Painting Glossy Wood Panelling With Latex

In the past I have prepped wood paneling with something with a name like "liquid sandpaper" - very strong smelling, and I am sure quite toxic. I followed with latex paint, and the results were successful.
Now I have cleaned some fifty-year-old oak paneling with "Sunnyside Gloss Remover," which smells much milder. I was disappointed to read in the instructions that it should be followed with one coat of oil paint before using latex paint.
Any opinions as to whether I should risk it with latex, or perhaps clean again with a stronger agent?
Thank you in advance!
Dwight Gibb
(I always use a mask for organic vapors, out of my conviction that the manufacturers are trying to kill you while making a profit....)
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| In the past I have prepped wood paneling with something with a name like "liquid sandpaper" - very strong smelling, and I am sure quite toxic. I followed with latex paint, and the results were successful. | | Now I have cleaned some fifty-year-old oak paneling with "Sunnyside Gloss Remover," which smells much milder. I was disappointed to read in the instructions that it should be followed with one coat of oil paint before using latex paint. | | Any opinions as to whether I should risk it with latex, or perhaps clean again with a stronger agent? |
You didn't mention the finish. If it's polyurethane the liquid sandpaper should work well, but yes, it should be primed with oil primer before using water-base. If it's factory-coated paneling then things like sanding liquid are unlikely to have an affect. I'd still prime with oil, but acrylic paints stick much better than they used to. Most companies also make a smooth surface water-base primer, for use on glass, enamelled metal, etc. If you don't want to use oil paint you might check into that primer.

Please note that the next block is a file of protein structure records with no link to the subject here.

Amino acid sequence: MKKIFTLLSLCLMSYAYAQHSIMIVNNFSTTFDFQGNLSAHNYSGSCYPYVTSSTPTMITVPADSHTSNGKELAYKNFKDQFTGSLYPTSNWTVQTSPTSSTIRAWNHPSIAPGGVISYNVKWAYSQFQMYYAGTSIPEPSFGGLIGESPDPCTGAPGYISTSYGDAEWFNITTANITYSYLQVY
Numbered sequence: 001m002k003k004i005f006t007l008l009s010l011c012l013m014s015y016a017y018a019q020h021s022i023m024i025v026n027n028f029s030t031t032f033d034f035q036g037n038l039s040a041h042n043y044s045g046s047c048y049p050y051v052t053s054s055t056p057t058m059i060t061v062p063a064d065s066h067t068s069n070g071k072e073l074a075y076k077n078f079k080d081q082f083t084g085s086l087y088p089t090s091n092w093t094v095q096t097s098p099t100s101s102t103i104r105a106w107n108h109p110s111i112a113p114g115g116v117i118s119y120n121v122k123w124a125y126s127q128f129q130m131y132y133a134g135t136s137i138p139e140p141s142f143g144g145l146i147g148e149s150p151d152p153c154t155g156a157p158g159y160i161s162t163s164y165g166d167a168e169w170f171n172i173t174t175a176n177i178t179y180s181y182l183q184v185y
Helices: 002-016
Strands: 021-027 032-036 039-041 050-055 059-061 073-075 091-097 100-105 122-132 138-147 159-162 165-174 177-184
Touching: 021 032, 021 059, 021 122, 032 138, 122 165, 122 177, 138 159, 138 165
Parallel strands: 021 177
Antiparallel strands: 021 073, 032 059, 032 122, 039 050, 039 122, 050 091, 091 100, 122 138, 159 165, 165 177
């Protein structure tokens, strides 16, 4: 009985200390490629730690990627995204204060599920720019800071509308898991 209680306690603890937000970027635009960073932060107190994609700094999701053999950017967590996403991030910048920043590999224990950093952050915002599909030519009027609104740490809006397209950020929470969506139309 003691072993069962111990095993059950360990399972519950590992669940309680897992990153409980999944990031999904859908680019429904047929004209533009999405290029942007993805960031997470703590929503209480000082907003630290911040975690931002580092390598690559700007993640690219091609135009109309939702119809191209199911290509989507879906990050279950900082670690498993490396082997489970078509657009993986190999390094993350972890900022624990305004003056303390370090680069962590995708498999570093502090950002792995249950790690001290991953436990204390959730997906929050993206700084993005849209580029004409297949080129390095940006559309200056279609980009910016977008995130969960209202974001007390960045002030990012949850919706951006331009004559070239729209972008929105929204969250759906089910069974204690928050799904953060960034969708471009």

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On Tuesday, February 16, 2016 at 5:36:18 PM UTC-8, Dwight Gibb wrote:

Dear Mayayana,
Thanks so much. What a precise and clear answer! I took your advice and went with the primer for glossy surfaces, which I had not known about.
Best,
Dwight
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| Thanks so much. What a precise and clear answer! | I took your advice and went with the primer for glossy surfaces, which I had not known about. |
You're welcome. I haven't used the primer much, but I did use it once on a mirror and it seemed to work well. And I've noticed that even "plain" acrylics seem to stick far better than they used to. It used to be that paint on my hands would dissolve if rinsed, in most cases. If not it would peel easily. With current wall paints I find I need to scrub it off if I wait more than a few seconds.
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